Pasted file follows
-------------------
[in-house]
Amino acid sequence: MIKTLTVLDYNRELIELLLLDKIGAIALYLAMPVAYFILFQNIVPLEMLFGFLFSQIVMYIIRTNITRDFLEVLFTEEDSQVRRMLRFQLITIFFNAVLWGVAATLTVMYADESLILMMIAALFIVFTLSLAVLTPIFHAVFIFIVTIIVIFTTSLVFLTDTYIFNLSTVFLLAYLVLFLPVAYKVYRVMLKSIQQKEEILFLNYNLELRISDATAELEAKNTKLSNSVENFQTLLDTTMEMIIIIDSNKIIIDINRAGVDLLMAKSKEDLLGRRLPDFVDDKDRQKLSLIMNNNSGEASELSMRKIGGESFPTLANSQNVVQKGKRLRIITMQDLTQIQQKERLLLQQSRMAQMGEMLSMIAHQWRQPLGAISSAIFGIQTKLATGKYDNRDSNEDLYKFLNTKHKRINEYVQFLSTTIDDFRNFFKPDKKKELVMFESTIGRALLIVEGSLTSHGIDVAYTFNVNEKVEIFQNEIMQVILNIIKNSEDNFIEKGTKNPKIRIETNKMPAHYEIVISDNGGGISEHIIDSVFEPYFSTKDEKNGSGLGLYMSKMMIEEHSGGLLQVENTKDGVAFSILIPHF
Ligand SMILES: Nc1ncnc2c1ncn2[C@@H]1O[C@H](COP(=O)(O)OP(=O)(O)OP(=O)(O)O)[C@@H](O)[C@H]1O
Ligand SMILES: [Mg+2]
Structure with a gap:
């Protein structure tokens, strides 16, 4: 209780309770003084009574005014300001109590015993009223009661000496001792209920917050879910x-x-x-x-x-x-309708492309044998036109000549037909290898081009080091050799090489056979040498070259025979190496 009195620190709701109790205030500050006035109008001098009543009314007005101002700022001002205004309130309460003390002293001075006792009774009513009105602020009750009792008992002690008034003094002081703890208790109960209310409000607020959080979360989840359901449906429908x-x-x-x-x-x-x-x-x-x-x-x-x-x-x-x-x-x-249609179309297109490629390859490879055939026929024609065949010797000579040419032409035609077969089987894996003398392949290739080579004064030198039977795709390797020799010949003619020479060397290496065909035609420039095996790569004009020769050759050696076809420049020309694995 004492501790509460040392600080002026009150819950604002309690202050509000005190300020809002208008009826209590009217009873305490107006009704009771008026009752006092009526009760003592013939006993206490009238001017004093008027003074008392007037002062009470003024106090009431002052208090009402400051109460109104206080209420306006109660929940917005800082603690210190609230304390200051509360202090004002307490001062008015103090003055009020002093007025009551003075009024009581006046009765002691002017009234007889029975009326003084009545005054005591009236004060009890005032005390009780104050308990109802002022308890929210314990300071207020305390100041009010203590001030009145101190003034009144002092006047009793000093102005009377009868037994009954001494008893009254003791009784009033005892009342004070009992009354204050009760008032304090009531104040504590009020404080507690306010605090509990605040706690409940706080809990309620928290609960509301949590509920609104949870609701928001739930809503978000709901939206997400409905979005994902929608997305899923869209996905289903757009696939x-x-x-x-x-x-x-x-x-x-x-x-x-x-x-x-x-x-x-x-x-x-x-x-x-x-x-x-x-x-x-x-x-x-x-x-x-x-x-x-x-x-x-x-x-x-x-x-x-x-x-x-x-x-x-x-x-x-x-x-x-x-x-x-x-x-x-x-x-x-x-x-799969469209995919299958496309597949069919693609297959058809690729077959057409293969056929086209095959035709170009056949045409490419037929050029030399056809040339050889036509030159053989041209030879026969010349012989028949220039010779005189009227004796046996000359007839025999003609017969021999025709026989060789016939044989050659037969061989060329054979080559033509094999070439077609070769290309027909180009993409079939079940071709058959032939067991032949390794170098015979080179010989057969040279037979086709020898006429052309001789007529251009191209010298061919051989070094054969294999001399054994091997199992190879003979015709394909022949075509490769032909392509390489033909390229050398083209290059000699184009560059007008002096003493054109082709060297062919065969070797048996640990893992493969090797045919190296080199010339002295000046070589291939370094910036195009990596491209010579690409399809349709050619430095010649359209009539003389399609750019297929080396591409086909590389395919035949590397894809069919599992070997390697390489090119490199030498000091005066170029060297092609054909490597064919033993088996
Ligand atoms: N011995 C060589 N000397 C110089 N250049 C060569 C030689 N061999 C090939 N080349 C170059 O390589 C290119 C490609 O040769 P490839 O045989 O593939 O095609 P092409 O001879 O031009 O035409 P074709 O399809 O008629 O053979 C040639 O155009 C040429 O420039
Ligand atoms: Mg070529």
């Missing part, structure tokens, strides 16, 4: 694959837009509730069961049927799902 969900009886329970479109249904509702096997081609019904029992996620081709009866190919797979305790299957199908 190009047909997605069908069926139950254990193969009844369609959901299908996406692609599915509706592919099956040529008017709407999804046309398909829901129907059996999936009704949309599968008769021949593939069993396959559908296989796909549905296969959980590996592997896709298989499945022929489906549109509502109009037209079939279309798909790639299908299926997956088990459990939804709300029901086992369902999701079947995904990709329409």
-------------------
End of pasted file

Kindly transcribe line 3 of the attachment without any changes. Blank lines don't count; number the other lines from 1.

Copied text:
Ligand SMILES: Nc1ncnc2c1ncn2[C@@H]1O[C@H](COP(=O)(O)OP(=O)(O)OP(=O)(O)O)[C@@H](O)[C@H]1O